An Interview with Tanya O’Callaghan of Whitesnake

Passion runs deep in Tanya O’Callaghan’s veins, and both animal and human rights activism are two of such things, but of course, there’s music.

Stepping in the shoes of a legacy of bass players such as Neil Murray, Colin Hodgkinson, Rudy Sarzo, Guy Pratt, Michael Devin, and more, O’Callaghan is forging her very own path towards heavy metal immortality as she begins to take the stage with legendary outfit, Whitesnake.

O’Callaghan and I cover a wide range of topics In this career-spanning interview, from her days in River Dance, to session work, and her eventual comeuppance as Whitesnake’s latest bass player.

When you’re done here, be sure to check out her various online presences such as her website highwaytohealthshow.com, and her ever-updating Instagram page here.

Anthony:
Tanya, thanks for taking the time to be here today. How have you been these past couple of years?

Tanya:
Yeah! Almost time to hit the road again, which is awesome. I actually had a really, really productive pandemic, which is bizarre but great. I work on a lot of different projects as well as activism and have a show with Derek [Green] from Sepultura, I have a documentary in process, and studio work. So, I’m very lucky and happy to say I was busy the whole time, but I can’t wait to get back on the road.

Anthony:
It seems like a lot of people have been very busy these past couple of years, even with things getting shut down. So, before we get into Whitesnake, what got you started in music?

Tanya:
I was very late to music. I worked in an animal rescue shelter from the ages of eight through eighteen, and everybody presumed that was what I was going to do, as in veterinarian work. I was always into music, though. My dad was very into music and my little town in Ireland is very musical. So, I was surrounded by it, all my friends had bands and all that jazz. When I was about seventeen, I started dabbling in, and by eighteen, I had become completely obsessed with bass. It was honestly a 180 from being a girl who works in the animal rescue shelter every hour of every day to now being a bassist. [Laughs].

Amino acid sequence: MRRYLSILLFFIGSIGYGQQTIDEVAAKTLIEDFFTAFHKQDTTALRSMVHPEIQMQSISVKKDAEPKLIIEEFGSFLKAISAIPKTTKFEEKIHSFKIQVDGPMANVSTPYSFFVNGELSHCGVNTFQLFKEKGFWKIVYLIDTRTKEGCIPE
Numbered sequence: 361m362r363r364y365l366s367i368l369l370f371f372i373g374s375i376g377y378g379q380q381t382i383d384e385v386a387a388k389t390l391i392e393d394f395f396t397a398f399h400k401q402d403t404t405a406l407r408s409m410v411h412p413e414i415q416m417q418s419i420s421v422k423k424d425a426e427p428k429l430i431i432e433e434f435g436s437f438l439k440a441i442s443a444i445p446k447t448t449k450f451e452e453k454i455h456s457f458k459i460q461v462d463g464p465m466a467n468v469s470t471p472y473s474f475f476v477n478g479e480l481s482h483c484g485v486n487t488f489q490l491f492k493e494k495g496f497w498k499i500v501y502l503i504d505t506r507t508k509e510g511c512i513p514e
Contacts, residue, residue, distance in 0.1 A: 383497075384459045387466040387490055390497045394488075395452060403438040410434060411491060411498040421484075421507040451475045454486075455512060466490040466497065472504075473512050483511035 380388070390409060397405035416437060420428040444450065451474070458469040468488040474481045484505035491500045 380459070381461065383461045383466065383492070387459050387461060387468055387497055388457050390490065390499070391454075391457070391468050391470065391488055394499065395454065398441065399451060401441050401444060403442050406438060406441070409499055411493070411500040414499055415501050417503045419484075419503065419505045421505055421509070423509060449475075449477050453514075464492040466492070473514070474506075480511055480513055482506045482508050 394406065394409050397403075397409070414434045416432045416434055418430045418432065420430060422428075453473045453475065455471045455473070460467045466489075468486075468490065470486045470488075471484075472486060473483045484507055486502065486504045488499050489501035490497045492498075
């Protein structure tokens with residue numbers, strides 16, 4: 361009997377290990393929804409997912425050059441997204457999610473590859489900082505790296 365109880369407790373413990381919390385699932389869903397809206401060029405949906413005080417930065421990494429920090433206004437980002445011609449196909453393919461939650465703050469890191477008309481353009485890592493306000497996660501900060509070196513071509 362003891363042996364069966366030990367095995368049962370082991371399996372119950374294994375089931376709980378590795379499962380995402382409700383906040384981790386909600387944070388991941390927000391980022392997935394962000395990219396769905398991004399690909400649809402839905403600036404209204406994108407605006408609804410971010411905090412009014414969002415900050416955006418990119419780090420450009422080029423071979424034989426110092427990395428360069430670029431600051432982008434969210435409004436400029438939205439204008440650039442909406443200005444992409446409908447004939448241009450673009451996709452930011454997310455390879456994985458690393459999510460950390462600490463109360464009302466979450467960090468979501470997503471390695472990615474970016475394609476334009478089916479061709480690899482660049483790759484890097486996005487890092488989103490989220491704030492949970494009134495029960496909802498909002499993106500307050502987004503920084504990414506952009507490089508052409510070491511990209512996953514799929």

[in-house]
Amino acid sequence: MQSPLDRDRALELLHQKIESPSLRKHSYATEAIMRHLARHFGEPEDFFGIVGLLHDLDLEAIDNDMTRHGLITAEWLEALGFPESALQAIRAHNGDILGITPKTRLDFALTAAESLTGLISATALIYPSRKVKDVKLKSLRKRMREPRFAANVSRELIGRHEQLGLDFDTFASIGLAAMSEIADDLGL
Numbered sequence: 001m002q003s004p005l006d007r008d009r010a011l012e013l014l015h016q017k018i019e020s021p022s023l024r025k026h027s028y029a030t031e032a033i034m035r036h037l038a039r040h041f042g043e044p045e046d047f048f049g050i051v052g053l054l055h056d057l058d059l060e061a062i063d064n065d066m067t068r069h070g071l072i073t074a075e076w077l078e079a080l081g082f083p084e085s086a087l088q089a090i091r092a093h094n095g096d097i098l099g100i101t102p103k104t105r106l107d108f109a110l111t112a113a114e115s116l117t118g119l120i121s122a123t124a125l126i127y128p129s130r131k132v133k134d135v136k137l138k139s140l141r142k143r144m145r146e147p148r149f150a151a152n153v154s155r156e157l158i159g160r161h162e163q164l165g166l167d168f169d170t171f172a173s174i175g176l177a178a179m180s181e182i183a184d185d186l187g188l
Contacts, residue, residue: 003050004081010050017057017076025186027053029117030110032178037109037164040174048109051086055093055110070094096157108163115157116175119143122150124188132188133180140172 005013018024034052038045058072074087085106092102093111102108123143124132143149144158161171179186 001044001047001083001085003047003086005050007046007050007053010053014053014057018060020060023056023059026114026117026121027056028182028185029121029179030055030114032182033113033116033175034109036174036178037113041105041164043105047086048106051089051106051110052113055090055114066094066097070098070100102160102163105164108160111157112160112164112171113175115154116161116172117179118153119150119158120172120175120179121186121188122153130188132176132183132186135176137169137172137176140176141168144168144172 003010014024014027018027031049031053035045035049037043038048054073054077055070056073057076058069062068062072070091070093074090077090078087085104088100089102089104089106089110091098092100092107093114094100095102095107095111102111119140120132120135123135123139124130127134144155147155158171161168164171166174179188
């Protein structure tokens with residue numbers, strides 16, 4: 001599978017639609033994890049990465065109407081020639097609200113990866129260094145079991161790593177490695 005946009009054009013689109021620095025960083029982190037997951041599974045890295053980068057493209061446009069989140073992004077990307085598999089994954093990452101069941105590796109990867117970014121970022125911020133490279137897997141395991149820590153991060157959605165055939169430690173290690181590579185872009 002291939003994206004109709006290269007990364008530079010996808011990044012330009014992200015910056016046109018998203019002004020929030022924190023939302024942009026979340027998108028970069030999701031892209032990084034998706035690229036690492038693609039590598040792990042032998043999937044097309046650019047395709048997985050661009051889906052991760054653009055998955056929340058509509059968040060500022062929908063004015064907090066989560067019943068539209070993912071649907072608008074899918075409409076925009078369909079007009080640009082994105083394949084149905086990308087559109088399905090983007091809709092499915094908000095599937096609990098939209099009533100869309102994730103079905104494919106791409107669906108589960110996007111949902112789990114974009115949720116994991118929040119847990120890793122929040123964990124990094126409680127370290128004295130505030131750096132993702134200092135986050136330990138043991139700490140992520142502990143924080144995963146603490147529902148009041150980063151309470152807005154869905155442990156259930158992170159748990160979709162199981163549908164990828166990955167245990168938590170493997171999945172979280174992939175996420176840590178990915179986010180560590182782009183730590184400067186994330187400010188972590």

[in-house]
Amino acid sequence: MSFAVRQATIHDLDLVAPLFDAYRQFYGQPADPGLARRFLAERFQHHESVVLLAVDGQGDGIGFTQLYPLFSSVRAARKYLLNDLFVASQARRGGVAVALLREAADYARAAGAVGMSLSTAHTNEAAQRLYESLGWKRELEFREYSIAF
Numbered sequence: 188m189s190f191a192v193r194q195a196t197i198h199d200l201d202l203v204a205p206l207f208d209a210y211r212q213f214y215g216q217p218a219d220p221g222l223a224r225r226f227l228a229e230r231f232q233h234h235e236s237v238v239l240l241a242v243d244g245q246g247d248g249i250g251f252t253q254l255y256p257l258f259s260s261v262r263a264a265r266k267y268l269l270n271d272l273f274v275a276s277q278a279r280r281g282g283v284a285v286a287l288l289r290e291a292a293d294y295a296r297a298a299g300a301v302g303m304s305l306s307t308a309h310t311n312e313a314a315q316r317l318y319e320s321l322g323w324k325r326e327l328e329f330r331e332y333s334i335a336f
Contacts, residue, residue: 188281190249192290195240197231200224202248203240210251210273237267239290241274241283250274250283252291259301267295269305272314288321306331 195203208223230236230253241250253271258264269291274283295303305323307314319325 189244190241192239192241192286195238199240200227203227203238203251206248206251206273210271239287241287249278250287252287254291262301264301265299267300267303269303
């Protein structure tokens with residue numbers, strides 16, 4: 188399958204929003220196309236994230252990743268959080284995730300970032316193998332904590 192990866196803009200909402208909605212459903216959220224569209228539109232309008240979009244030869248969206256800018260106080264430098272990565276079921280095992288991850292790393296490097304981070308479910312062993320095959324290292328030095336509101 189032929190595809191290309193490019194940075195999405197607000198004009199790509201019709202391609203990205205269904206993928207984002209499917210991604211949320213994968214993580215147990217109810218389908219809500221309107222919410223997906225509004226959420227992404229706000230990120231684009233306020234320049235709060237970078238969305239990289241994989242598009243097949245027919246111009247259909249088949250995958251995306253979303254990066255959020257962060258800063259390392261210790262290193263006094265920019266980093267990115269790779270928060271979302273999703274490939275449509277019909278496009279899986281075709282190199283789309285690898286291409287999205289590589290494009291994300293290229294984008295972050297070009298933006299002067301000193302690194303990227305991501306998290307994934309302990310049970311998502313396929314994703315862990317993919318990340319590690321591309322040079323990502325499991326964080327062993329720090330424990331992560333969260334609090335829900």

Anthony:
Let’s dig deeper into your activism. Why is that something which is important to you?

Tanya:
Yes, that’s by far my first calling. I was born obsessed with this stuff. I mean, you can see my Sea Shepherd flags and everything in the background. It is who I am. I ended up being a musician, and I love that, but music gives me this platform, which is wonderful, in any form of activism. As far back as I can remember, I’ve loved animals, I wouldn’t eat them, and I’ve been a veggie-vegan my whole life. I’ve just always really been into that — what can we do while we’re here on this planet to try and make it better for animals, other people, and the environment? It is my complete passion. My career as a bassist gives me a platform, which is wonderful, so I like to cross them over. I figured I’d end up being a vet or something. It took a slightly different turn. I ended up becoming a bass player, but a bass player with a mission. In my opinion, there’s no point in having a platform if you’re not going to use it. I don’t want to fucking talk about myself all day. I wanted to talk about what’s important and relevant.

Image credit: Sal Gomez Photography

Anthony:
Before we get into Whitesnake, what kind of bands were you in before you joined? You’ve done a lot of session work as well, right?

Tanya:
In Ireland, my very first bands were wedding bands, corporate bands, heavy metal — a lot of heavy stuff –and then I went into the pop world too. And then I got hired by Maynard Keenan to do some of the Puscifer stuff, and that was my first US recording session. That really opened my eyes to being over here in the US. When I moved here six, or seven years ago, I landed a couple of gigs in a row. So, I did one big pop gig with an artist called Jordan Fischer, and then immediately after that, was Dee Snider. And then immediately after that was Steven Adler. It was madness.